Confession Time

I have a cookbook addiction. I love cookbooks. I check them out from the public library and read them cover to cover. I can come up with any excuse to buy a new one.  I have even joined book of the month clubs solely devoted to cookbooks. When we made our decision to move to North Africa, of course I had to buy new cookbooks. I purchased books on the cuisine of the region, Mediterranean cooking, and for good measure a few new baking books. I might have also bought one (or two) from that cute Tyler Florence.

Needless to say when we met my brother in law for lunch at The Grand Central Bakery in Seattle, and I saw that they had a cookbook for sale, and my brother in law said that he had purchased it recently and it was really good, I had to have it. See, I have a problem. Is there a program for this?

Not only does he have impeccable cookbook taste, he also espouses the philosophy that you should support your local bakery. In this economy we all have to do our part you know.  He's such a champ.

I think I need to hang out with him more often.

For those of you who live under a rock and haven't visited The Grand Central Bakery, GO! They have several locations in the Seattle area and serve wonderful food. For lunch Andy and I split their turkey sandwich. It could have been Ho Hum, but it was all tarted up with cranberry chutney and served on their house made Como bread.  My brother in law had the Grilled Pimento Cheese sandwich from their specials board which he also gave a resounding 2 thumbs up. I like that they do a bag lunch, which includes a sandwich, bag of chips and a cookie to eat in the cafe or take back to your office.  Personally I would grab one and head to Golden Gardens for a picnic but I doubt the food would last the drive.

I didn't even wait until we got home to start browsing through the book. It has gorgeous photos, great stories, and inspiring recipes.  The girls and I are headed over to a friends for breakfast this morning and I made a kuchen recipe from the book.  The recipe suggests using black cherries and raspberries, but I had some Yakima Valley Nectarines on hand and used those instead.  The house smells wonderful, perfumed with the scent of brown sugar, yeast, and nectarines.  I can't wait to give it a taste.

In fact, I would only be doing my duty as a good friend to have a small sample now to make sure that the kuchen tastes good enough for breakfast. Small sacrifices, sigh.

Nectarine Kuchen
Adapted from The Grand Central Baking Book

This yeasted breakfast cake takes to any fruit that you wish to top it with. The book suggests a combination of Black Cherries and Raspberries, but you could use any seasonal fruit and get great results.
Because this cake relies on yeast for leavening, timing kuchen so that it can be served for breakfast straight from the oven can be tricky.
The bakery says that the kuchen is equally delicious with a lemon or vanilla glaze, included recipes for both.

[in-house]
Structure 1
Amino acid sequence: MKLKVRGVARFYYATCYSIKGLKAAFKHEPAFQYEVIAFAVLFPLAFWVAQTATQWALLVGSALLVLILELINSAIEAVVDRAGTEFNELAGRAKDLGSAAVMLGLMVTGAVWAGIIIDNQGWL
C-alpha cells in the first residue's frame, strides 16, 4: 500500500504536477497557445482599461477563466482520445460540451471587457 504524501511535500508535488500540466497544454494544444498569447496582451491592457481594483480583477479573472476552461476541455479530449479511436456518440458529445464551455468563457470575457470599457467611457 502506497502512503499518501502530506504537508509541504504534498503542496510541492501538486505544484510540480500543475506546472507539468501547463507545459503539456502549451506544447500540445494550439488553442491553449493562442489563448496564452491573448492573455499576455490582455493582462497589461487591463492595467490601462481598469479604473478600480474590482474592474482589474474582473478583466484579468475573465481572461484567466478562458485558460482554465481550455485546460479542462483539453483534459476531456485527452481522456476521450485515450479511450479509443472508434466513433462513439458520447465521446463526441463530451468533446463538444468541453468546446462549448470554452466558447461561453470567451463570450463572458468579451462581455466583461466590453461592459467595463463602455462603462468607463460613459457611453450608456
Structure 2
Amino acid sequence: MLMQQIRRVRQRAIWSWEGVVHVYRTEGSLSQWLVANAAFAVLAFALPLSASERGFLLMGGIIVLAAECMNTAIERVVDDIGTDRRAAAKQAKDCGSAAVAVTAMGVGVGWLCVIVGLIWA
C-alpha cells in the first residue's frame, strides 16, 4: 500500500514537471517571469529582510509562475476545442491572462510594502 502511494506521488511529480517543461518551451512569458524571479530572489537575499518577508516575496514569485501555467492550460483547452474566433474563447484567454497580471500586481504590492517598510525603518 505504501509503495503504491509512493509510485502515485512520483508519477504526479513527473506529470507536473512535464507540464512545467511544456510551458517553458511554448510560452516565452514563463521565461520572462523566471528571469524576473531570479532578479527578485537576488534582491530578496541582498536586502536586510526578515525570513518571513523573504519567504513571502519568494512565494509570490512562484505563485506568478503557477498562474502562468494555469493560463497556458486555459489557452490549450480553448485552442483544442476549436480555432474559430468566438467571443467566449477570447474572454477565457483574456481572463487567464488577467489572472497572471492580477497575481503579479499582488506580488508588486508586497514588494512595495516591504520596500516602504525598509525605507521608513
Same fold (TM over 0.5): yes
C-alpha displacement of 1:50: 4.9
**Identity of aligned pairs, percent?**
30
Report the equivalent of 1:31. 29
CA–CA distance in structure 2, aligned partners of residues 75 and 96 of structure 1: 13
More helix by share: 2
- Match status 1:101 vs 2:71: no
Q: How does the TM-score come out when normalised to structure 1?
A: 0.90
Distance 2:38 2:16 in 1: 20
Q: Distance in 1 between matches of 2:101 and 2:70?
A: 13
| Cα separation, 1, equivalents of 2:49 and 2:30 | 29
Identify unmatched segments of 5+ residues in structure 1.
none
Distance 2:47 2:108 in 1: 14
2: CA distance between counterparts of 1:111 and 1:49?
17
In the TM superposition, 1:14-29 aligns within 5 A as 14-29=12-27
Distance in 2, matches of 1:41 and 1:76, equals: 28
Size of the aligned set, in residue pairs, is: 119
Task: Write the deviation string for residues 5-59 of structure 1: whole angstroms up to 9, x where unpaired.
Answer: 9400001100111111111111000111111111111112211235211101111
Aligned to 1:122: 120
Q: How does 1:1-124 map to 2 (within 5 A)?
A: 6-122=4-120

1 ½ cups whole milk
½ cup packed brown sugar (the recipe calls for light brown, I only had dark brown sugar on hand and I liked the deeper caramel taste with the nectarines I used)
10 tablespoons unsalted butter
1 tablespoon active dry yeast
3 eggs lightly beaten
3 ½ cups all purpose flour
1 ½ teaspoons salt

½ pound sliced ripe, slightly firm Nectarines
½ teaspoon ground cinnamon
1 tablespoon granulated sugar
¼ cup Turbinado, or coarse sugar
4 tablespoons of unsalted butter melted

Vanilla Glaze:
1 cup confectioners sugar (aka icing sugar or 10X)
2 tablespoons heavy cream or half and half
1 teaspoon pure vanilla extract

Lemon Glaze:
1 cup confectioners sugar
2 tablespoons freshly squeezed lemon juice

Lightly grease and flour a 9X13 inch baking pan

For the batter:
Gently heat the milk, brown sugar, and butter in a small saucepan; it should only feel warm to the touch, do not simmer or boil. When the butter has almost melted, remove the pan from the heat and add the yeast. Let this mixture sit until bubbles form and the mixture appears to be expanding.

While waiting for the yeast to bloom, in a large mixing bowl whisk together the flour and salt. When the yeast mixture is ready pour the eggs and yeast mixture over the flour and stir gently to combine with a wooden spoon or silicone spatula. Mix until just incorporated.
Spread the batter in the prepared pan and cover with plastic wrap.

At this stage you, if you want to bake the kuchen right away set it aside to rest in a warm spot until doubled in size, about one hour. If you want to bake it later put the baking pan in the refrigerator covered for up to 8 hours.

To Bake the Kuchen:
Preheat the oven to 350 degrees F.  Sprinkle the nectarines with the cinnamon and granulated sugar, stir well to combine and set aside. When the dough has doubled in height, evenly distribute the fruit over it, and then sprinkle with the Turbinado sugar and melted butter. Bake the kuchen for 30 minutes, rotate the pan and lower the temperature to 325 degrees F and bake for another 10 minutes. The top should be golden brown and the cake should begin to pull away from the sides of the pan.

Make the glaze:
While the kuchen is baking, make the glaze of your choice by whisking all of the ingredients together until smooth.  Drizzle the glaze over the warm kuchen and serve immediately.

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